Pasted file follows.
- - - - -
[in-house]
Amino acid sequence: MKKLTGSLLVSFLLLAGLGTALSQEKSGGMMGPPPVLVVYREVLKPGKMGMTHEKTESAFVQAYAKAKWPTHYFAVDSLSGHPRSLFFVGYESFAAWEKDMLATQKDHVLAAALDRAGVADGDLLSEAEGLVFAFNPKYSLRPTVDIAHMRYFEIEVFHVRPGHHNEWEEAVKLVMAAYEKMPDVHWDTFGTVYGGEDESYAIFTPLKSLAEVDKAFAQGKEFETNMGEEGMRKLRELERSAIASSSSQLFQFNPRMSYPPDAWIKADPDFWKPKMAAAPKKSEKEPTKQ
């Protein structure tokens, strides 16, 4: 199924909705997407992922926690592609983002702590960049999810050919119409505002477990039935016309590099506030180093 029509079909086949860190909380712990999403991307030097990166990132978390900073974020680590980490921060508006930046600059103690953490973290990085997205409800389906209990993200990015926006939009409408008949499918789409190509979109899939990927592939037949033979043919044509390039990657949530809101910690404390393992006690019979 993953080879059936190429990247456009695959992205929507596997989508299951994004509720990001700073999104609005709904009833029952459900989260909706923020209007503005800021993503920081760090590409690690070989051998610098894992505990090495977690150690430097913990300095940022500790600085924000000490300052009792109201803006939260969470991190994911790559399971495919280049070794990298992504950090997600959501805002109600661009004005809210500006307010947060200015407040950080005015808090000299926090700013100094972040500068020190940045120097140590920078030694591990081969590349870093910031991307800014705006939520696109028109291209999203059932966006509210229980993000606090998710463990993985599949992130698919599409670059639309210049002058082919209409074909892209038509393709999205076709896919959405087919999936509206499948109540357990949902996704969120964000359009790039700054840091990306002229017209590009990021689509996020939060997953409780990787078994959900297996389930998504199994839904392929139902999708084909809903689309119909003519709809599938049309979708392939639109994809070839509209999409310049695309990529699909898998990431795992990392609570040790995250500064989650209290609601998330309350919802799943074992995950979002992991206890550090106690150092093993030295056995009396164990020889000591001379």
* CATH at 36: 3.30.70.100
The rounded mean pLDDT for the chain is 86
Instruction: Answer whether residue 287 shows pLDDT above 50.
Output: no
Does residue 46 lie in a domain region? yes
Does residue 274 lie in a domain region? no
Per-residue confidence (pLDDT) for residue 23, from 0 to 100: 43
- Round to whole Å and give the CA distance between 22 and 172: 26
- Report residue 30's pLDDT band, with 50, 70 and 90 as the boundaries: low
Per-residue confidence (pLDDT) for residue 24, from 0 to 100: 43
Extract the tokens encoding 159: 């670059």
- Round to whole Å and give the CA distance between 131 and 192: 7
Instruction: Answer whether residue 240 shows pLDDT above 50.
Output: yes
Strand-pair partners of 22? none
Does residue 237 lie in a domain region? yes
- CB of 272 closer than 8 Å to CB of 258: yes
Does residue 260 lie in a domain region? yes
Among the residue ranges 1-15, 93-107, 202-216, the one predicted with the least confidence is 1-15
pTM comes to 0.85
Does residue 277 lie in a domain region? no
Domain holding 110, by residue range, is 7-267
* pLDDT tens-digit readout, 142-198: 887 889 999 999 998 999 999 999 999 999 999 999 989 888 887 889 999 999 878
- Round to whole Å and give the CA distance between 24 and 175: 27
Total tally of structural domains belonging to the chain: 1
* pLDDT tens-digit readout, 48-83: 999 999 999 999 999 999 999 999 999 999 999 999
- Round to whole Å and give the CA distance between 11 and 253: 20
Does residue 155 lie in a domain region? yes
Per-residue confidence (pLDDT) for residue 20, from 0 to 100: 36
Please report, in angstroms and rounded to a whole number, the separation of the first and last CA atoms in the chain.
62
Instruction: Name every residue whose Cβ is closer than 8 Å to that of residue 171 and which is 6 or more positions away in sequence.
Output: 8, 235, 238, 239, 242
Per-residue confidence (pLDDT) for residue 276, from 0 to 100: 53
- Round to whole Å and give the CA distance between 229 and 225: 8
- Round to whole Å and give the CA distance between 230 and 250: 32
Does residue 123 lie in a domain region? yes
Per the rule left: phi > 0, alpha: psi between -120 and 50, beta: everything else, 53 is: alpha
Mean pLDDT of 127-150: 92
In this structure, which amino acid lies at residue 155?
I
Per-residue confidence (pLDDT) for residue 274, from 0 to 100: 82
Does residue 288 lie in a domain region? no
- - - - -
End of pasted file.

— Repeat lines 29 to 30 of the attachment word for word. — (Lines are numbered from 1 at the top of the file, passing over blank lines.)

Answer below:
* pLDDT tens-digit readout, 48-83: 999 999 999 999 999 999 999 999 999 999 999 999
- Round to whole Å and give the CA distance between 11 and 253: 20